The toxins produced by some cyanobacteria are included in the neurotoxins included in the class of additional compounds due to the neurological connections they affect. In this context, it has been found that cyanobacterial compounds with toxic properties, which are not generally accepted as neurotoxins, may also have neurological effects or enter the central nervous system (CNS).[26]

The ability of cyanobacterial neurotoxins to cross the blood-brain barrier is the most important specific feature that allows them to easily enter the CNS.[27]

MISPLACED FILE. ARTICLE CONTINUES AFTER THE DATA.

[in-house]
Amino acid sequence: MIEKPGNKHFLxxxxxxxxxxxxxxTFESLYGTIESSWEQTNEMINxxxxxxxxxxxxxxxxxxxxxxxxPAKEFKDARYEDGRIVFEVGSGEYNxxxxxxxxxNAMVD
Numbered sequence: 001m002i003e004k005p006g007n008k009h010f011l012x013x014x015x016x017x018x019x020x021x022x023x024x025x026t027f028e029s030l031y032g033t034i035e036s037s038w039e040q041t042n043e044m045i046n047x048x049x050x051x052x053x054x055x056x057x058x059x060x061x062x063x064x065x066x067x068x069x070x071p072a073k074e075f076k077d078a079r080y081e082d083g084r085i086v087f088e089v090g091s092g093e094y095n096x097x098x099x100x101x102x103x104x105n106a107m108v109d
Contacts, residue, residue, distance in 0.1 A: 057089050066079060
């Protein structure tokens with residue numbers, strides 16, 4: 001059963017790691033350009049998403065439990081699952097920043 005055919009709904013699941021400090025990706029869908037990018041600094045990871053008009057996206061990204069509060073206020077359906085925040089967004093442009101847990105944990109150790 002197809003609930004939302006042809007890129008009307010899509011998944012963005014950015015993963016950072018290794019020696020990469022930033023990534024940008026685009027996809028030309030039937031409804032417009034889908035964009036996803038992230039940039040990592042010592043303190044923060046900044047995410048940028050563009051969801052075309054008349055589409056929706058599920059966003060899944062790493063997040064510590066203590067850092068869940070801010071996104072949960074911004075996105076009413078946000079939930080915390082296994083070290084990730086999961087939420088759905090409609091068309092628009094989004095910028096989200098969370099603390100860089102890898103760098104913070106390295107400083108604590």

Some of the cyanobacterial neurotoxins include anatoxins. Among them, anatoxin-a, which is an alkaloid, and its other derivatives are structurally similar to cocaine. Anatoxins are highly potent neurotoxins produced by genera of cyanobacteria such as Oscillatoria, Microcystis, Anabaena, Nostoc, Cylindrospermum, Aphanizomenon, Arthrospira, and Phormidium. Although anatoxins are not among the most common toxins in the world, they pose serious health risks to aquatic and terrestrial creatures and even cause death due to their high toxicity values.[28] There are two anatoxin-a variants. These are anatoxin-a and homoanatoxin-a.[29] They bind to nicotinic receptors. Anatoxin-a is a specific alkaloid with a low molecular weight. Semi-hard bicyclic is in the secondary amine group. This bicyclic structure of anatoxin-a and the ketone group of the specific conjugated type significantly restrict its conformation.[30–33] The reason acetylcholine esterases cannot remove these neurotoxins from the main CNS receptor is that the anatoxins work as a kind of mimic of acetylcholine. This event results in the successive stimulation of neurons and their subsequent depolarization. These properties make them powerful agonists. In addition, the mechanism of action of anatoxins is quite rapid.[34,35] Symptoms such as a decrease in locomotor activity, rapid loss of coordination, irregular breathing, change in gait, paralysis of the peripheral skeletal and respiratory muscles, tremors, and, even worse, contractions that appear before acute death are examples of the acute effects of anatoxins in vertebrates.[36]